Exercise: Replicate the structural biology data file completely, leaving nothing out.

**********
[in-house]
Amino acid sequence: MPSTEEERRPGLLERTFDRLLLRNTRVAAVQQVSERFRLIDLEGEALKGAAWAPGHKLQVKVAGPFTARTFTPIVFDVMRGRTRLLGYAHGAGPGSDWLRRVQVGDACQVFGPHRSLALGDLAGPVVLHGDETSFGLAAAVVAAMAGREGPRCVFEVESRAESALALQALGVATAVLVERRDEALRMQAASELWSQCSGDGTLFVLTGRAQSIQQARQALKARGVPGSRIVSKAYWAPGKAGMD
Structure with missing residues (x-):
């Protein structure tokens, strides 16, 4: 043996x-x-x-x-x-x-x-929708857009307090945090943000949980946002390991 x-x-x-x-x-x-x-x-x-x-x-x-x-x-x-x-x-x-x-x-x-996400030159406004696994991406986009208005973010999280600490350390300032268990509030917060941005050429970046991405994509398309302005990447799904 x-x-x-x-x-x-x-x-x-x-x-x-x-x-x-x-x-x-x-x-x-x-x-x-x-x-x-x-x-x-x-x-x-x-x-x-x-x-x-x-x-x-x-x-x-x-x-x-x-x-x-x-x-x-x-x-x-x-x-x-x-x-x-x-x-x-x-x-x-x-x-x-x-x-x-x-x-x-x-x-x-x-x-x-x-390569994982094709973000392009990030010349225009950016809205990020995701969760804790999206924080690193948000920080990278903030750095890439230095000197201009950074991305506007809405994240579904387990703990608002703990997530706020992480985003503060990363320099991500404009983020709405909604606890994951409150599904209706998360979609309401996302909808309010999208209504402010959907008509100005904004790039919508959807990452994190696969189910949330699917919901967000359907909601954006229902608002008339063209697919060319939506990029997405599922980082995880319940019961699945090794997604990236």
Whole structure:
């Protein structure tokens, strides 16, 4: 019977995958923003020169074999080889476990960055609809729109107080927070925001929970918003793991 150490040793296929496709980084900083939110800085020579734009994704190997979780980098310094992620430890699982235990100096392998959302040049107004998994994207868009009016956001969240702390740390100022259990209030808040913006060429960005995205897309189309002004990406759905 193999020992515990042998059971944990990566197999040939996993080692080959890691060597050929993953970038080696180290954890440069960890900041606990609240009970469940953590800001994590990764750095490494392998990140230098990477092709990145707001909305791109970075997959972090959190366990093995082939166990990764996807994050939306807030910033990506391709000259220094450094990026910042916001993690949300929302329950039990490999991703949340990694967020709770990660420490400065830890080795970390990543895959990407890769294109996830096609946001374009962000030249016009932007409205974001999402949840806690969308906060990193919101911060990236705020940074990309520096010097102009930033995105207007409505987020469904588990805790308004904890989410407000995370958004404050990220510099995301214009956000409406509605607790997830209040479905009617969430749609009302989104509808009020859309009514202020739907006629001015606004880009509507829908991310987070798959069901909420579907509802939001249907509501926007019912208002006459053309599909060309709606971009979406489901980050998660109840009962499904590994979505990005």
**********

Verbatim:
[in-house]
Amino acid sequence: MPSTEEERRPGLLERTFDRLLLRNTRVAAVQQVSERFRLIDLEGEALKGAAWAPGHKLQVKVAGPFTARTFTPIVFDVMRGRTRLLGYAHGAGPGSDWLRRVQVGDACQVFGPHRSLALGDLAGPVVLHGDETSFGLAAAVVAAMAGREGPRCVFEVESRAESALALQALGVATAVLVERRDEALRMQAASELWSQCSGDGTLFVLTGRAQSIQQARQALKARGVPGSRIVSKAYWAPGKAGMD
Structure with missing residues (x-):
């Protein structure tokens, strides 16, 4: 043996x-x-x-x-x-x-x-929708857009307090945090943000949980946002390991 x-x-x-x-x-x-x-x-x-x-x-x-x-x-x-x-x-x-x-x-x-996400030159406004696994991406986009208005973010999280600490350390300032268990509030917060941005050429970046991405994509398309302005990447799904 x-x-x-x-x-x-x-x-x-x-x-x-x-x-x-x-x-x-x-x-x-x-x-x-x-x-x-x-x-x-x-x-x-x-x-x-x-x-x-x-x-x-x-x-x-x-x-x-x-x-x-x-x-x-x-x-x-x-x-x-x-x-x-x-x-x-x-x-x-x-x-x-x-x-x-x-x-x-x-x-x-x-x-x-x-390569994982094709973000392009990030010349225009950016809205990020995701969760804790999206924080690193948000920080990278903030750095890439230095000197201009950074991305506007809405994240579904387990703990608002703990997530706020992480985003503060990363320099991500404009983020709405909604606890994951409150599904209706998360979609309401996302909808309010999208209504402010959907008509100005904004790039919508959807990452994190696969189910949330699917919901967000359907909601954006229902608002008339063209697919060319939506990029997405599922980082995880319940019961699945090794997604990236």
Whole structure:
């Protein structure tokens, strides 16, 4: 019977995958923003020169074999080889476990960055609809729109107080927070925001929970918003793991 150490040793296929496709980084900083939110800085020579734009994704190997979780980098310094992620430890699982235990100096392998959302040049107004998994994207868009009016956001969240702390740390100022259990209030808040913006060429960005995205897309189309002004990406759905 193999020992515990042998059971944990990566197999040939996993080692080959890691060597050929993953970038080696180290954890440069960890900041606990609240009970469940953590800001994590990764750095490494392998990140230098990477092709990145707001909305791109970075997959972090959190366990093995082939166990990764996807994050939306807030910033990506391709000259220094450094990026910042916001993690949300929302329950039990490999991703949340990694967020709770990660420490400065830890080795970390990543895959990407890769294109996830096609946001374009962000030249016009932007409205974001999402949840806690969308906060990193919101911060990236705020940074990309520096010097102009930033995105207007409505987020469904588990805790308004904890989410407000995370958004404050990220510099995301214009956000409406509605607790997830209040479905009617969430749609009302989104509808009020859309009514202020739907006629001015606004880009509507829908991310987070798959069901909420579907509802939001249907509501926007019912208002006459053309599909060309709606971009979406489901980050998660109840009962499904590994979505990005």